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Israel Sets Aside NIS 90 Million to Absorb Immigrants from Ukraine, Russia

October 3, 2022

by: Janet Aslin

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New immigrants arriving in Israel (illustrative)

Monday, 3 October 2022 | In light of the worsening situation within Russia, yesterday the Israeli government approved a budget of NIS 90 million (roughly US $25 million) to provide additional help for Russian Jews seeking to make aliyah (return to Israel).

Since its rebirth in 1948, the modern State of Israel has welcomed the return of Jews from around the world. Recognizing the difficulty of pulling up stakes and reestablishing their lives in a new country, Israel provides an aliyah “basket” of financial benefits during the initial period when the new immigrants need special assistance. At times, the normal budget for aliyah does not cover all the expenses. This is one of those times.

The budget submitted by Finance Minister Avigdor Liberman and Immigration and Absorption Minister Pnina Tamano-Shata addressed the additional costs that will be incurred to bring these olim (immigrants) home and help them adapt and adjust to their new lives. Skyrocketing costs for airline tickets along with a limited number of flights from Russia to Israel are a major obstacle.

In an alternative to direct flights from Russia, the Israeli government is looking into the establishment of refugee camps in Finland or Azerbaijan as an intermediate stop on the way home. These countries, which border Russia, have regular flights to Israel, which have not been affected by the rise in prices.

Another dilemma is the current judicial action the Russian government has taken against the Jewish Agency, whose role is to help Jews make aliyah. The Russian Justice Ministry has accused the Jewish Agency of violating Russian laws and is seeking to prevent it from operating in the country. The trial, which began in mid-July, has been delayed several times, with October 19 set as the next hearing.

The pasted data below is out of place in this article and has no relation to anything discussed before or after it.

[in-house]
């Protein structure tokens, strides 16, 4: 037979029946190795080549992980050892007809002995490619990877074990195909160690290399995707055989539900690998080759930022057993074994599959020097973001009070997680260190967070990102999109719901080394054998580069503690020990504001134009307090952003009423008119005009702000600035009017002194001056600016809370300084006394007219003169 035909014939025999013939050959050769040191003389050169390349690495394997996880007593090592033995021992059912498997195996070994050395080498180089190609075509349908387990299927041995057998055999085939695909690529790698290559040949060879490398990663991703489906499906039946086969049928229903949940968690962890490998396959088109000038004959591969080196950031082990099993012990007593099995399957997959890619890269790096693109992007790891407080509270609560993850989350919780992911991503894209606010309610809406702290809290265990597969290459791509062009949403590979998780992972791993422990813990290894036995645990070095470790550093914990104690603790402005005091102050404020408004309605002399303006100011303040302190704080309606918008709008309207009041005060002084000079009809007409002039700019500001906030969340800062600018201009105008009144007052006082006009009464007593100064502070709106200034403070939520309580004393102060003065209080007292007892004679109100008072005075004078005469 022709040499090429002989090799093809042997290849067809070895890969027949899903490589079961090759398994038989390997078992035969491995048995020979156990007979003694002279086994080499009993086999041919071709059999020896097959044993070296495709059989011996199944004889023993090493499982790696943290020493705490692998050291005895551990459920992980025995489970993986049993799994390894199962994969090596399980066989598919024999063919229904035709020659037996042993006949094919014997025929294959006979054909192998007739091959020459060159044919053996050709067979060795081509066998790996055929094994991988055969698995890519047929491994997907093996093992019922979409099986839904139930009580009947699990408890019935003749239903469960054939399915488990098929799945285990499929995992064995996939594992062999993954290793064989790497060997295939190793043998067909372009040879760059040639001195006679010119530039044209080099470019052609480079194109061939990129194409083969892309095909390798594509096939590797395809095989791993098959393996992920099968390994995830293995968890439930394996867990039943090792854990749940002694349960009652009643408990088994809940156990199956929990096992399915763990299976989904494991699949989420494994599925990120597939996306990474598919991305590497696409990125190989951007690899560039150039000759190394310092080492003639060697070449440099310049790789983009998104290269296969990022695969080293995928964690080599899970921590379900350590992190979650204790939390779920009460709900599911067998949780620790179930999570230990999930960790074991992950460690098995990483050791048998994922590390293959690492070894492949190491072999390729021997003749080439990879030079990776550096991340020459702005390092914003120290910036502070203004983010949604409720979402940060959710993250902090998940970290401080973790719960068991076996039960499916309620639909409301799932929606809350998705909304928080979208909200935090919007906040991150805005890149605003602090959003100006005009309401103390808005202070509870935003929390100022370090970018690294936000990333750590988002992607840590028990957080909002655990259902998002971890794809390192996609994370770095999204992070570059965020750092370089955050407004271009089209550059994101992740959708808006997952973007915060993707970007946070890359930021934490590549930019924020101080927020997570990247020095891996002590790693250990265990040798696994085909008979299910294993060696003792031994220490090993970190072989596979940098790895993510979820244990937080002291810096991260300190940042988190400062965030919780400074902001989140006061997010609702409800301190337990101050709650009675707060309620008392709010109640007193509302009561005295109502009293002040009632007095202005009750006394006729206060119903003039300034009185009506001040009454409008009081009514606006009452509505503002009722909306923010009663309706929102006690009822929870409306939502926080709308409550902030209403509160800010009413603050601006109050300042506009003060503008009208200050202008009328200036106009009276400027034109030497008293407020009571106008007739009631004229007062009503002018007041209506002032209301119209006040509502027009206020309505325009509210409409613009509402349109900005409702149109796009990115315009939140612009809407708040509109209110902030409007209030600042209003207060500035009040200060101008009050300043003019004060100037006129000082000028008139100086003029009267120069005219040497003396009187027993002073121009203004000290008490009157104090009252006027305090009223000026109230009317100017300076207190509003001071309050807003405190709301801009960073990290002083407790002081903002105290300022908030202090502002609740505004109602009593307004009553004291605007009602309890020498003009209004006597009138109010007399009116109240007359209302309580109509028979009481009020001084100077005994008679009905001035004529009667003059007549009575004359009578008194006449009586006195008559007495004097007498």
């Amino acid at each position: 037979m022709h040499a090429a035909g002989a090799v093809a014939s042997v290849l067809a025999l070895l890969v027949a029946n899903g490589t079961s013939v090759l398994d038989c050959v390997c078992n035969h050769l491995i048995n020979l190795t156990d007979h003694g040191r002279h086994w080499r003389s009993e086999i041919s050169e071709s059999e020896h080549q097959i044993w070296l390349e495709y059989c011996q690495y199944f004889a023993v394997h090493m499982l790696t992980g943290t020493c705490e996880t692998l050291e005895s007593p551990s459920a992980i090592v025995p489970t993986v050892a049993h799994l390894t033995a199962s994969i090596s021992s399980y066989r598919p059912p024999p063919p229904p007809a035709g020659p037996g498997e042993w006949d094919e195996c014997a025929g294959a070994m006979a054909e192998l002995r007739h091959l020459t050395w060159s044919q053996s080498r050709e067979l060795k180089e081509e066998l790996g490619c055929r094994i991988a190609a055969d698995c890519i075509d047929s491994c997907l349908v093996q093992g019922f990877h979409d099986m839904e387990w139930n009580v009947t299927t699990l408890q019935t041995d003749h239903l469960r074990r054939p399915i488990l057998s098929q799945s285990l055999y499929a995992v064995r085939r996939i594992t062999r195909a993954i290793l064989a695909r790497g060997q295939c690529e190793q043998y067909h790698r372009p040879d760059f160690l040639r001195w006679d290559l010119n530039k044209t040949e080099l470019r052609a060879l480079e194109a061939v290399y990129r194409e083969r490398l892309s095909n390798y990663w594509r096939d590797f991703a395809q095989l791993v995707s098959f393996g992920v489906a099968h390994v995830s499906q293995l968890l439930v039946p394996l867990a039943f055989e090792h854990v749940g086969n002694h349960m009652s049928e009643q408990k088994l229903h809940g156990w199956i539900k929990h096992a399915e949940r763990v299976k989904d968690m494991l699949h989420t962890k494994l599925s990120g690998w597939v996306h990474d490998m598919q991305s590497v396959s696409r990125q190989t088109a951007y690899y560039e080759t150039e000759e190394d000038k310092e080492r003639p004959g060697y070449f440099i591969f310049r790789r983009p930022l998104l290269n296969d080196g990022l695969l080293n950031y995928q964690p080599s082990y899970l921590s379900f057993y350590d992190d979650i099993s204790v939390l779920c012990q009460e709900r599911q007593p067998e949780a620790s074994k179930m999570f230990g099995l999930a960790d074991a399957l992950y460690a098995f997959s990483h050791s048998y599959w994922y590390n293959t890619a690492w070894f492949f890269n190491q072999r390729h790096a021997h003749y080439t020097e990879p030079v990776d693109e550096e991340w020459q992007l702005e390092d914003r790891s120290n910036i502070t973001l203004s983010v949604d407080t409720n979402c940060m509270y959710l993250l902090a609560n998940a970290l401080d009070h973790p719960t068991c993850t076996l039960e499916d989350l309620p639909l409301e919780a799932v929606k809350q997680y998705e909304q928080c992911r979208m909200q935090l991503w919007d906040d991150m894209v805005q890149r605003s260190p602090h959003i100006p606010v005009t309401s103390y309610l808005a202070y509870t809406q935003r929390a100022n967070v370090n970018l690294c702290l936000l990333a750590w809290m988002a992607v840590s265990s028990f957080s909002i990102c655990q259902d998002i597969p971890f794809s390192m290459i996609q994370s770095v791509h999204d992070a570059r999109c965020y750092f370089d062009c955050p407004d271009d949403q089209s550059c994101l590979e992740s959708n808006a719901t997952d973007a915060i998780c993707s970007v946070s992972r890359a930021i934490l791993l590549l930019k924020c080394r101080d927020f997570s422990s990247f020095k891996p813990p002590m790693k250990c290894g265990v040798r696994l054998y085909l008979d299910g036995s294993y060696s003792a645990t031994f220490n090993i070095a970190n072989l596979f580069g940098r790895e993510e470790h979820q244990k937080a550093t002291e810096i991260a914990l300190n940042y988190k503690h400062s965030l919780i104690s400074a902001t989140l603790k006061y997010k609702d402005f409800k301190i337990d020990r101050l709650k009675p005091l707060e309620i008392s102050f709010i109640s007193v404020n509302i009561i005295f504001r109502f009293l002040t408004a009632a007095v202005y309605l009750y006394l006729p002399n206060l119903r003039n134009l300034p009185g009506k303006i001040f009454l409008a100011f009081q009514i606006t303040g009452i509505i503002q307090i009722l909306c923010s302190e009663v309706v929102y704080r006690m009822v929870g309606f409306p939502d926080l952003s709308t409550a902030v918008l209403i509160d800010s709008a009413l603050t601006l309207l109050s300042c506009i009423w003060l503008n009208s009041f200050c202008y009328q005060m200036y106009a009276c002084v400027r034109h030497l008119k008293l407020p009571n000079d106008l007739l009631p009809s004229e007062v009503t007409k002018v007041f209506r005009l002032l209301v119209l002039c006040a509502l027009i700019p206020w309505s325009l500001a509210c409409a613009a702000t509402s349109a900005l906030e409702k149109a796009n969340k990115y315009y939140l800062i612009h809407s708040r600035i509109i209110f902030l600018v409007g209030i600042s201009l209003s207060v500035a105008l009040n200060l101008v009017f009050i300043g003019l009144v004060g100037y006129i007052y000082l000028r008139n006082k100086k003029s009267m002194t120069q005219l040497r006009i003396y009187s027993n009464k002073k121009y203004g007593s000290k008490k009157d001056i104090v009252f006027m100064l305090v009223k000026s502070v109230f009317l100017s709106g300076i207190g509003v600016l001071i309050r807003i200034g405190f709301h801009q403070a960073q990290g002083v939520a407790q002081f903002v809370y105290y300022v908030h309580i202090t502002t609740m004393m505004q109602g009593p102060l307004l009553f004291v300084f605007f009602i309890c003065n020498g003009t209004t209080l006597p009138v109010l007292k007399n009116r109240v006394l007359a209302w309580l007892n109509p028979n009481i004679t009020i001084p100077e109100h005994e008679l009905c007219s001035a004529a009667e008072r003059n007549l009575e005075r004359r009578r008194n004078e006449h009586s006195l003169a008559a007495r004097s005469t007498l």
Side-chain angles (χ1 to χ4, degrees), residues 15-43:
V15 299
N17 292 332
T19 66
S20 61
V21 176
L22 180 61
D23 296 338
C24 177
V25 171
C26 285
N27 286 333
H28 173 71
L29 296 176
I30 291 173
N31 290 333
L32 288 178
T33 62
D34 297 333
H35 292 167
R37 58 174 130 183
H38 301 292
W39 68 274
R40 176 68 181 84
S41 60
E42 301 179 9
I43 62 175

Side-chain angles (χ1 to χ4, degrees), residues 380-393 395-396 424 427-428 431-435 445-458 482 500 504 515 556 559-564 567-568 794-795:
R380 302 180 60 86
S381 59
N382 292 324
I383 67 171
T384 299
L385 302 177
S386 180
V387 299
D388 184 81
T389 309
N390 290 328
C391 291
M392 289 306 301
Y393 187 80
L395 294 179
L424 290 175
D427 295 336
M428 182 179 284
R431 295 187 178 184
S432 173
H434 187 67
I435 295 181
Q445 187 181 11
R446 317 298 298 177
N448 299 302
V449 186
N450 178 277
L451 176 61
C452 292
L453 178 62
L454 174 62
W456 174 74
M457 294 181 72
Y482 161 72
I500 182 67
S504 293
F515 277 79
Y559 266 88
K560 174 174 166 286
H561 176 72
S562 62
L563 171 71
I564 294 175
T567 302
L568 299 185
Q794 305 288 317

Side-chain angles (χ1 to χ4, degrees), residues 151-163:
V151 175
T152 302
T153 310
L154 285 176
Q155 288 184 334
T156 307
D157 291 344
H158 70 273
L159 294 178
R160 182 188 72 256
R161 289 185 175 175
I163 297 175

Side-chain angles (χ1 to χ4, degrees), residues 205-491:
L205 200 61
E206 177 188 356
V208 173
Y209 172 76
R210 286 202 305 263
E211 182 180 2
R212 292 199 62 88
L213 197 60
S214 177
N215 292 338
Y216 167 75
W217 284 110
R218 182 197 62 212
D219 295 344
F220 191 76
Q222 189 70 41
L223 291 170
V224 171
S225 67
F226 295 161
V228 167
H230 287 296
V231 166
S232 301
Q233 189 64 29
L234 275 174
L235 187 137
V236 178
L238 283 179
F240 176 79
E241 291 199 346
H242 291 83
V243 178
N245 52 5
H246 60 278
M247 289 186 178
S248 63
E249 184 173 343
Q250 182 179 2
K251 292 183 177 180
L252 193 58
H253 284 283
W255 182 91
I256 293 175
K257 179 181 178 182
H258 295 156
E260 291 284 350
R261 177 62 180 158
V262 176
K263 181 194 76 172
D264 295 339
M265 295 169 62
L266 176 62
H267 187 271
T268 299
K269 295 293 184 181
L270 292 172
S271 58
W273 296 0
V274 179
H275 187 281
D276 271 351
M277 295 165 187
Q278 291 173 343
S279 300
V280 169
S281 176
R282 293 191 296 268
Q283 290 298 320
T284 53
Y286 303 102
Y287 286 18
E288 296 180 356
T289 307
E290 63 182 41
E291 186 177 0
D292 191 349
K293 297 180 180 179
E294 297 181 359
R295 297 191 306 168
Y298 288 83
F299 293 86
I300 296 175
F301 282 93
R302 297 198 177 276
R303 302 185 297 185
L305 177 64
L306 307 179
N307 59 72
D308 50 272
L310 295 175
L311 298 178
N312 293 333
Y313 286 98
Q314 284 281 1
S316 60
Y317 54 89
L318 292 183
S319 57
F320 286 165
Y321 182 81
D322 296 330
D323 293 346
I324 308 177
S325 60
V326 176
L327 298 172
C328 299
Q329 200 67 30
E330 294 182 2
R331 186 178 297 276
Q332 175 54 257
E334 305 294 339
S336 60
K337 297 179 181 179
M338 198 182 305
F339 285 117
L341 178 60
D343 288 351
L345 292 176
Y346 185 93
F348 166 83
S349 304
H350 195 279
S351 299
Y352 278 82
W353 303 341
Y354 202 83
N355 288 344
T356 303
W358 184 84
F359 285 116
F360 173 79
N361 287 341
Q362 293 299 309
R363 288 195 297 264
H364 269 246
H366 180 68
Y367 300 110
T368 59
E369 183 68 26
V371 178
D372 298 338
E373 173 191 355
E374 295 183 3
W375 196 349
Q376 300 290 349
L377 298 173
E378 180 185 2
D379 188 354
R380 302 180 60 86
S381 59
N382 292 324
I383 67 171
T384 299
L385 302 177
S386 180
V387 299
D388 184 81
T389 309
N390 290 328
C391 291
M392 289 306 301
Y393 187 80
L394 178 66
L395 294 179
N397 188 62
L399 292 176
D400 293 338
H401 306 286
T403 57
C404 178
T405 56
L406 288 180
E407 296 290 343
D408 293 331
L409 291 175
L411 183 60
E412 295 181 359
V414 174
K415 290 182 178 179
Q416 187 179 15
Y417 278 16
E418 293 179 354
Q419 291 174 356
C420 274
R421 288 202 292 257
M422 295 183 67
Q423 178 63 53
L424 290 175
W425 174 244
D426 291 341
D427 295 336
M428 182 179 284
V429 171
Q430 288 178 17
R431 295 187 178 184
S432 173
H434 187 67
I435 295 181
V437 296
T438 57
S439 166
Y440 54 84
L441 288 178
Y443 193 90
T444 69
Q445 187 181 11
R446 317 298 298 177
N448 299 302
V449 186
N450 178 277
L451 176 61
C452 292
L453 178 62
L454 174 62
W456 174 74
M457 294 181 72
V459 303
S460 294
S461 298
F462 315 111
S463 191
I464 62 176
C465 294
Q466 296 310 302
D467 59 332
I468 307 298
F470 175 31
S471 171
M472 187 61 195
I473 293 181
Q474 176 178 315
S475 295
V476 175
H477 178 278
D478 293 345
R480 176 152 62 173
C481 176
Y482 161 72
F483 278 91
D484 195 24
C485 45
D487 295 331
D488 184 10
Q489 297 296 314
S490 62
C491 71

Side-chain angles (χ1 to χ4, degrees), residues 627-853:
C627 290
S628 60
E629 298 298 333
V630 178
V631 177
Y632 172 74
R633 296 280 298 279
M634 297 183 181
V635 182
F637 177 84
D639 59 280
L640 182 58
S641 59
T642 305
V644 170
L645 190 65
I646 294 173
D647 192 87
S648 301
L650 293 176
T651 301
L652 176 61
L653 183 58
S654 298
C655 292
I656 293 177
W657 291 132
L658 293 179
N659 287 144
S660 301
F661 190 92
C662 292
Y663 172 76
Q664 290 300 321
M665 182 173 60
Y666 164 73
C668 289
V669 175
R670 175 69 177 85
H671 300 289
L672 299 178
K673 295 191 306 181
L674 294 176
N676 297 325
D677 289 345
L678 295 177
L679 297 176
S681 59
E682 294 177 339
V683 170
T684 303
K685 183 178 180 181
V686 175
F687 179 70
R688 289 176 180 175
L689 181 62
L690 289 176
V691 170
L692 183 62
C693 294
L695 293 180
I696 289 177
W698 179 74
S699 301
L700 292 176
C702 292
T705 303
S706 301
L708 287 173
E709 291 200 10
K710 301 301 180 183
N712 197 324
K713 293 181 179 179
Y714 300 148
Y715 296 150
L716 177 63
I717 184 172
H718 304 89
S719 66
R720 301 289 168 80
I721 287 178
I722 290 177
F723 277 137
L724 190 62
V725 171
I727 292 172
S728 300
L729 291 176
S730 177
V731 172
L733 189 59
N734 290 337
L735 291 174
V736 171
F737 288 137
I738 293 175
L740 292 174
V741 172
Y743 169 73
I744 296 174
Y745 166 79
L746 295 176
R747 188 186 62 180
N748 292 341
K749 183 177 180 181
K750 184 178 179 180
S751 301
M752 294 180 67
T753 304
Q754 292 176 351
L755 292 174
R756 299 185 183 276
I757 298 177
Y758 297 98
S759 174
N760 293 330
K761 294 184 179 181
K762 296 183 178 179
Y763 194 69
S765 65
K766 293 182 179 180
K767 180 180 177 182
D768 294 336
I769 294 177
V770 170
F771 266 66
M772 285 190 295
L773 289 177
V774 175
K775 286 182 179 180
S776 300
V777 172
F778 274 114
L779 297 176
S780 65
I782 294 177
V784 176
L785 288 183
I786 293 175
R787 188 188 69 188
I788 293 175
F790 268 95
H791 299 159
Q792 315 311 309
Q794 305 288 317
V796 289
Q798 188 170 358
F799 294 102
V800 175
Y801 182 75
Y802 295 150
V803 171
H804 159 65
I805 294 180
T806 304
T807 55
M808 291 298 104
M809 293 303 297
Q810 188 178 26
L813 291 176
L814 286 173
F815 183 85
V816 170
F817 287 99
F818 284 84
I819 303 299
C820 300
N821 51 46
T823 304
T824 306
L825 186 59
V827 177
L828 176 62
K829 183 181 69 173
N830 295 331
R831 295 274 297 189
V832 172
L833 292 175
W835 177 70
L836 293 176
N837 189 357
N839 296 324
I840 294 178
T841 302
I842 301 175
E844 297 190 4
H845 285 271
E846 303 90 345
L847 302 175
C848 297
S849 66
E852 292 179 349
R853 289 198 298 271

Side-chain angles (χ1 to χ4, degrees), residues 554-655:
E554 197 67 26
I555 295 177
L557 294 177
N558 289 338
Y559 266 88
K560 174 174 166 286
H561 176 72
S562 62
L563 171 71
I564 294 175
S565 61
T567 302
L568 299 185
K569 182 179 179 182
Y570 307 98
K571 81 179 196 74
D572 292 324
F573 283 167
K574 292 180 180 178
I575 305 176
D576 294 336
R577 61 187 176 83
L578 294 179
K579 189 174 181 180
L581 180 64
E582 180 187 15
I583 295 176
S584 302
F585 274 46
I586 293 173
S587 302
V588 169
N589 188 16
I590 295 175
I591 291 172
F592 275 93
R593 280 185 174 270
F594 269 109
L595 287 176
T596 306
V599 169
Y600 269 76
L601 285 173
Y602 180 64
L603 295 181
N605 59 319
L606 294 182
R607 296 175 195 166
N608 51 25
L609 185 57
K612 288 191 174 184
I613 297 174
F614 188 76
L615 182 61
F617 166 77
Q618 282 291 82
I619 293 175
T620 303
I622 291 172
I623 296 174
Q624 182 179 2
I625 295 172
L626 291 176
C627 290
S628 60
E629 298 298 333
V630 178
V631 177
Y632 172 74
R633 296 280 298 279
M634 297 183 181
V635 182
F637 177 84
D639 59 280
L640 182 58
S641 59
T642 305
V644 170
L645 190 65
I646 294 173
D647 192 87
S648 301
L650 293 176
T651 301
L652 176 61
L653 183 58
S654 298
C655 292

One of the factors that has spurred the recent surge in aliyah was President Vladimir Putin’s announcement in late September that 300,000 reserve troops will be mobilized to bolster the war effort in Ukraine. That announcement added urgency to the 40,000 Russian Jews who hold approved immigration visas and the 15,000 who are in the process of applying.

In addition to the 55,000 who have been approved or are in the application process, the Jewish Agency estimates there are roughly three times as many Russian Jews who could make aliyah. Under Israel’s Law of Return, only one Jewish grandparent is needed to be eligible for citizenship.

The Ministry of Immigration and Absorption is preparing to receive tens of thousands of olim over the next three months. There is a shortage of new immigrant housing and the Jewish Agency is considering reopening some of the absorption centers that were closed. It is certain that the additional funds approved yesterday are needed and will be put to good use.


Bridges for Peace welcomes new immigrants—many who arrive without the means to start a new life in their new homeland—with a generous gift package including blankets, school kits for the children, pots, pans, kitchen utensils and a copy of the Tanach (Gen.–Mal.). Your generous gift to our New Immigrant Fund will help us bless these families with the means to start rebuilding their lives. More importantly, it will let them know that they are welcomed in Israel by Christians who believe God’s promise to bring His people back to His Land.

Posted on October 3, 2022

Source: (Bridges for Peace, October 3, 2022)

Photo Credit: Michio Nagata/

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